A while back I made the mistake of posting on a wine bulletin board some comments Iíd made in this blog stemming from a quote by one of the giants of the wine world, Michael Broadbent. This started a long thread in which some American participants dismissed Broadbent as a dinasour, among other rather personal comments. Bartholemew Broadbent, his son (who runs an importing business in the USA) recently discovered the bulletin board in question and printed off this thread, some 30 pages in all, and faxed them to his father. Broadbent senior then replied to the thread in person. The first I heard of this was an email from Neal Martin, who was interviewing Broadbent senior for an article on his very worthy site, www.wine-journal.com: apparently this had come up in the conversation. Bill Nanson of Burgundy report fame also picked up on the thread; he was at the same dinner as I where the original remarks by Broadbent were made.

Why mention this here? Well, naturally Broadbent was upset that strangers had been making personal comments about him, and justifiably. But he was also critical of me for quoting him in the first place. Was this fair? If Iím honest, I can see two sides here. Broadbent claims it was a private dinner, and it was discourteous to quote from his short speech. In my defence, I was invited to the dinner as a journalist; there were some 100 people present, including at least one other journo. I therefore expected everything to be said to be on the record. Broadbent is famous; his opinions matter. Journalists will quote him. Itís inevitable. From his side, I can see why it might be deemed discourteous to be put on the record. It was the end of a lengthy dinner and he agreed on the spot to say a few words at the end. It was a generous gesture by him. He probably didnít expect to have journalists present at an £185 a head black tie affair. On reflection, I should have cut him some slack and not picked up on this comment. But Iím a journalist at heart. To pick up on comments As an aside, Iím none to keen on famous, influential figures saying one thing for the public but privately holding quite different opinions.

His second criticism was that heíd been misquoted. Journalists have no way of proving that theyíve quoted 100% accurately unless they have a tape recording. Shrewdly, perhaps, Broadbent then says that I canít be sure he said this unless I have a recording, which he claims would have been made illegally. Either way, heís got me: I misquoted him (I canít prove otherwise, although I believe my notes to be totally verbatim for this sentence: although I canít write everything down verbatim in note taking, sentences I intend to quote I put down word for word), or I prove by a tape I got it right, which then makes me unethical because I smuggled in a prohibited tape recorder, and if I stoop to this then Iím not a trustable source. Actually, there was no ban on recording this event. I take my responsibilities as a wine hack seriously and would never seek to twist a quote or use it in the wrong context to make a bigger story. But looking at it from Broadbentís point of view, I used one statement of his to then begin a discussion, so it could be seen to be out of context. In all, an unfortunate episode, and Iím sorry for my part in starting it. Lesson learned.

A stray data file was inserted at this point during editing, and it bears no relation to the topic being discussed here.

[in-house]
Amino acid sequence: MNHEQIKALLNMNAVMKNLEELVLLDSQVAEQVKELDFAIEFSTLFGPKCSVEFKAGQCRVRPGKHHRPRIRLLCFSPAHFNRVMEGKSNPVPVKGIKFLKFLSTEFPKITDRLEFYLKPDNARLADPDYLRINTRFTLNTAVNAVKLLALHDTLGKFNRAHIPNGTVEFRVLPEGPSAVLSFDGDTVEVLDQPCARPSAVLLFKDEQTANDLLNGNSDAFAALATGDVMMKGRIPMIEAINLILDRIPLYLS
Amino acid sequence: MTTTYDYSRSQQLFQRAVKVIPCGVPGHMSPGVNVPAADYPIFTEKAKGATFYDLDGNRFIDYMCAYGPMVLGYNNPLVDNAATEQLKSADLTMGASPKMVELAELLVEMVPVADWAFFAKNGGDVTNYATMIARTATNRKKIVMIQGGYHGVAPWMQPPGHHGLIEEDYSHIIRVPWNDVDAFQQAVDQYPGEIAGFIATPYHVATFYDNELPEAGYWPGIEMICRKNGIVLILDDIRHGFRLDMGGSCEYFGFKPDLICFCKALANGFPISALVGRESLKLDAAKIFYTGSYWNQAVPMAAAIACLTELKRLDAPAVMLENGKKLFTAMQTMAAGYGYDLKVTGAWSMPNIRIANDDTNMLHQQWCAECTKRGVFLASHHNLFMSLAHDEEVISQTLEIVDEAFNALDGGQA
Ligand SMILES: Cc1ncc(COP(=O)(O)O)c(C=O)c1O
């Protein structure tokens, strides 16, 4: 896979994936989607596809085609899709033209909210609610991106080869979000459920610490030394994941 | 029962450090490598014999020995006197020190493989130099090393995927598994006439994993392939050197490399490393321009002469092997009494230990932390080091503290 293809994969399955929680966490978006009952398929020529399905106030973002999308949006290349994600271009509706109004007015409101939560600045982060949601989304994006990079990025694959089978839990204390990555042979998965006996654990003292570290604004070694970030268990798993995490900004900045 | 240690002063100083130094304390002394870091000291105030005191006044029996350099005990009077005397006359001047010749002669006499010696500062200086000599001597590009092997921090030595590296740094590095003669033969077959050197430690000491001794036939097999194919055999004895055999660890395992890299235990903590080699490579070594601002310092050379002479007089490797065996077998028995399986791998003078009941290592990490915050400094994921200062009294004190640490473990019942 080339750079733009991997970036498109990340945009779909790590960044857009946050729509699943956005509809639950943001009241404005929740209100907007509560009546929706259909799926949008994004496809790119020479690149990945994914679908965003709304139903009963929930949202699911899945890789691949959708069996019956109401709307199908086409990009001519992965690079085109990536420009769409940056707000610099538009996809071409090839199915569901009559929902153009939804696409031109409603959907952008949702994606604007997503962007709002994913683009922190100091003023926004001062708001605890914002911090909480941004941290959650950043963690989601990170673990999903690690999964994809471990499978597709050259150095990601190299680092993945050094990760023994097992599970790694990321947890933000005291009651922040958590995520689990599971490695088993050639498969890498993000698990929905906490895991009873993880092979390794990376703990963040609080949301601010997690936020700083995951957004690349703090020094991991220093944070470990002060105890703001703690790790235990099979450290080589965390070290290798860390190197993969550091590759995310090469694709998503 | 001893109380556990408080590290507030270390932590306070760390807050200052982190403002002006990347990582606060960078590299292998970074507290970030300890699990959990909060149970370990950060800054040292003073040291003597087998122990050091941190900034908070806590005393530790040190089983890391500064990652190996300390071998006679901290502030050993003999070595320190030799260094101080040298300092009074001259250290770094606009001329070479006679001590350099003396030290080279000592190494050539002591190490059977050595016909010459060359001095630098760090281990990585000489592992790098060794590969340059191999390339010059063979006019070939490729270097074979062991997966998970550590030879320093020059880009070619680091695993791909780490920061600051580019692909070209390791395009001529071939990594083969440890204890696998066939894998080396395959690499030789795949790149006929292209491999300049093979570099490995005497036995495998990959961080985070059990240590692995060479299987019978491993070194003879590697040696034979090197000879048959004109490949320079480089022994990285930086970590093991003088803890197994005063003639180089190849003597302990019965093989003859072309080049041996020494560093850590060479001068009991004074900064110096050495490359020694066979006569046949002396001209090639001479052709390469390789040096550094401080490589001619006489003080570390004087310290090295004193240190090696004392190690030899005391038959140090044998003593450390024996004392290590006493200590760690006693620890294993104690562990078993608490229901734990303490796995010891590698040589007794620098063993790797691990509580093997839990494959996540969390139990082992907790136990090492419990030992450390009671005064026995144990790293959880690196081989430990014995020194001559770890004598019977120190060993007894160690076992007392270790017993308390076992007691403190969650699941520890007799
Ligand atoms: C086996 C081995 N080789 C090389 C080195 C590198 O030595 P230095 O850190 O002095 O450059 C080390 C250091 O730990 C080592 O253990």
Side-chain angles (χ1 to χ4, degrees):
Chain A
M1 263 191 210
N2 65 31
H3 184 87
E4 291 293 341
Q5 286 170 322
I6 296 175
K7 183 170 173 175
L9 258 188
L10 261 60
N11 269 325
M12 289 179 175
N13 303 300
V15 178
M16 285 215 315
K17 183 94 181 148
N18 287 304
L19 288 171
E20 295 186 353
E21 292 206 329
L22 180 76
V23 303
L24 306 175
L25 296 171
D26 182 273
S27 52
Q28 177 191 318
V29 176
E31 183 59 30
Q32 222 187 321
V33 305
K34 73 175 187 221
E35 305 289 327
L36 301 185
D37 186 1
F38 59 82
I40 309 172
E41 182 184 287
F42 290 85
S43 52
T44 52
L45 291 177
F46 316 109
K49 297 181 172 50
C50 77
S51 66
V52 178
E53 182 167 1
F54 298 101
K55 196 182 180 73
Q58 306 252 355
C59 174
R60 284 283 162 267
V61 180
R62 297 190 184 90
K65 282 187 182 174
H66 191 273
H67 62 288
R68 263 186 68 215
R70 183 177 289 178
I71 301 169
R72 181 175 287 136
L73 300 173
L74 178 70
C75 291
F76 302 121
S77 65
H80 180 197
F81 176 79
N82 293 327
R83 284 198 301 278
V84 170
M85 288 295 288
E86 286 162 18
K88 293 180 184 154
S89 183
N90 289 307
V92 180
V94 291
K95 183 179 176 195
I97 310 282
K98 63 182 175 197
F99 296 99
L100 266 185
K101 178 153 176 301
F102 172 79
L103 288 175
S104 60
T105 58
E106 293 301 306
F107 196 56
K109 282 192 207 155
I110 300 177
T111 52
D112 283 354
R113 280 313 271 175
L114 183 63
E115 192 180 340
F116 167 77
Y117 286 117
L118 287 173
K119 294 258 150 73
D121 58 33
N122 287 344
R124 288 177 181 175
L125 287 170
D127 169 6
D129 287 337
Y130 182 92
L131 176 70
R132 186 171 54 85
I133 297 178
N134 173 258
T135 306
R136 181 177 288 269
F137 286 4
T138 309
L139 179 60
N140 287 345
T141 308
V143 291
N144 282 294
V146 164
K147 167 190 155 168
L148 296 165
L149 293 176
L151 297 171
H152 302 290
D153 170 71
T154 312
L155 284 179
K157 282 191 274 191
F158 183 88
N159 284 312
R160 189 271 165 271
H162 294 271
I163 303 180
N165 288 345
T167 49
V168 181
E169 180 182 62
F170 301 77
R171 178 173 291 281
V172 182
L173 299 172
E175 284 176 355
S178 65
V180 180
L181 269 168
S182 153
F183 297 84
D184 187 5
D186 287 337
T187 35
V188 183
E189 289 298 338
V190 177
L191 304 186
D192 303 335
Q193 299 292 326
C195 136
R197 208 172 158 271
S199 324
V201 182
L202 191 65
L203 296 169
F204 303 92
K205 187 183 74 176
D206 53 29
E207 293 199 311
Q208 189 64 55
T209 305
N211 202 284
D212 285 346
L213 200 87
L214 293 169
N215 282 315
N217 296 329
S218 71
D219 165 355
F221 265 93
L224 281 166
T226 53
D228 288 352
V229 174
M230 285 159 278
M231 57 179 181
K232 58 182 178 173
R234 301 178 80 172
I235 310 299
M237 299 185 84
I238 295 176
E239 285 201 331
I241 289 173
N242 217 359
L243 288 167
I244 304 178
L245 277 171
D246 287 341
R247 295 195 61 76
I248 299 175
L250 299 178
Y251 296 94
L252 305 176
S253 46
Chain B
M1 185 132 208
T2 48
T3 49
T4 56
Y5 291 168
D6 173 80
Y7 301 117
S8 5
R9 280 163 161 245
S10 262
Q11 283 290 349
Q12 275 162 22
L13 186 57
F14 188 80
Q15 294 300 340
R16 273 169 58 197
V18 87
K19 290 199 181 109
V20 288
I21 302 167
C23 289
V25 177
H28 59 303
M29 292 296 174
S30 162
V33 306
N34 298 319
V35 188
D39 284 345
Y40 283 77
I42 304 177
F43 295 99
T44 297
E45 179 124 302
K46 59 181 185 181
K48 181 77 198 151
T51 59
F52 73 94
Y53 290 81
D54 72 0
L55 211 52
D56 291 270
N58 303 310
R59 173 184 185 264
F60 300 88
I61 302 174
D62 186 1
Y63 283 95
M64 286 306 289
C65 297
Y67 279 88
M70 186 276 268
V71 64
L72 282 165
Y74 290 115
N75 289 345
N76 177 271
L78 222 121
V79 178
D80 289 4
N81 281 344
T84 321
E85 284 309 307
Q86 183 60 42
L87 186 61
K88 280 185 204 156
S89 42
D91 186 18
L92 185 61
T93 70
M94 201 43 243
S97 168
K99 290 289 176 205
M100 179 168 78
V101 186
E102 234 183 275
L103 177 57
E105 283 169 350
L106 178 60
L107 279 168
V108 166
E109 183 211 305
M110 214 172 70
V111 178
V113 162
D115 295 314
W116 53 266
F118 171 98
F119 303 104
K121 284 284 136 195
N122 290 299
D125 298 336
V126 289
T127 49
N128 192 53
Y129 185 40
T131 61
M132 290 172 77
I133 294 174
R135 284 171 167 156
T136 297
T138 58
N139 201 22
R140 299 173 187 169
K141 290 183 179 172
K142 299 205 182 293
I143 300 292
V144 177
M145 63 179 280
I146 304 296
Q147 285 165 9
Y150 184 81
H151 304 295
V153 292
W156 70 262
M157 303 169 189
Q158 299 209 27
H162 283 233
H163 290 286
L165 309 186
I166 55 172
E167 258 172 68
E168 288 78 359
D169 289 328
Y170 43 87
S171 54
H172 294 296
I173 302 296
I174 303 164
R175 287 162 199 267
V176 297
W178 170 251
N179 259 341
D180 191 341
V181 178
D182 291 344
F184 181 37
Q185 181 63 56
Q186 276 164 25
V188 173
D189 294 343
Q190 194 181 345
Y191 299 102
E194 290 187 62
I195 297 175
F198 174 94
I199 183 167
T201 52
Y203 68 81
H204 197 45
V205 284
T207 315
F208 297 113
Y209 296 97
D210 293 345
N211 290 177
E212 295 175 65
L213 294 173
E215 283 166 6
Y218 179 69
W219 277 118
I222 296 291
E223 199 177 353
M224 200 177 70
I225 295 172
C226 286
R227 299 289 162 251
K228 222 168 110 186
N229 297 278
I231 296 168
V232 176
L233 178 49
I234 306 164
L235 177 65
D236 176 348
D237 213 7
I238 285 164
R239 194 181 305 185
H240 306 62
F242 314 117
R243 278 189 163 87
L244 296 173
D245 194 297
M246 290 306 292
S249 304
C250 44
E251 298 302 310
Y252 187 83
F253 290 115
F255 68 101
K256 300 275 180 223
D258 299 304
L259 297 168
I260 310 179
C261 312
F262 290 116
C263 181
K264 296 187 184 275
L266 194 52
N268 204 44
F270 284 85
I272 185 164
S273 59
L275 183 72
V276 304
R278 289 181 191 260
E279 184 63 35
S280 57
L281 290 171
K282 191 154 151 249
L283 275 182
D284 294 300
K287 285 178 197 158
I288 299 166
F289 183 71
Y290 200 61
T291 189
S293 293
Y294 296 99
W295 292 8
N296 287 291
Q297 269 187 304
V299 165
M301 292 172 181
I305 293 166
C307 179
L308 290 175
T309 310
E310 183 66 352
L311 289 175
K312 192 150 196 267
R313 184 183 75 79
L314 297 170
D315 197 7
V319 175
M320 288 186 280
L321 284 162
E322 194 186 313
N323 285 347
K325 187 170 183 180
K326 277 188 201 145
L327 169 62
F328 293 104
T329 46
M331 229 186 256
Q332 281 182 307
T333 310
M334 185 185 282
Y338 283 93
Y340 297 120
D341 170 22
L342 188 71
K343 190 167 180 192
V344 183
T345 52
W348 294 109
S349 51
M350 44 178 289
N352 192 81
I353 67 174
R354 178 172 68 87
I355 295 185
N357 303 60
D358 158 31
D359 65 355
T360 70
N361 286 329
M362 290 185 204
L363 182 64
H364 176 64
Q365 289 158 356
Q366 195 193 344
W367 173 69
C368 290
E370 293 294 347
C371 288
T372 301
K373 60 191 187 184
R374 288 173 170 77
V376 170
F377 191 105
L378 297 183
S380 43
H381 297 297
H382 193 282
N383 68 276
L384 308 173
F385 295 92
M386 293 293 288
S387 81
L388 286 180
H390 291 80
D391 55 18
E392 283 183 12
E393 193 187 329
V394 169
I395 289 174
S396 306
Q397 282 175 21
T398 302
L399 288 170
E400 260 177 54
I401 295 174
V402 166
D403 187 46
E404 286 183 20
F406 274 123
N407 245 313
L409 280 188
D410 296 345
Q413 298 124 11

Thursday 10th February
Had a wine-rich couple of days. Yesterday evening started off with a
Roussillon tasting hosted by Liz Berry of Grand Cru Wines. The highlight for me was getting to meet Eric Monnť of Clot de LíOum, and tasting his wines again. Heís a smart, approachable chap, and he and his wife are making some very smart, intense red wines from 30 different vineyard parcels. Clot de LíOum has only been going a short while, and to finance his wine habit Eric still works part time at the European Patent Office, which probably explains why his English is so good. Vineyard land can be had in the Roussillon for around £3000 per hectare, and it costs around £15 K to plant a hectare from scratch (or replant; a lot of the vineyards arenít in great shape). Potential for quality is immense. I wish I had more money and more time, because this would then be very tempting.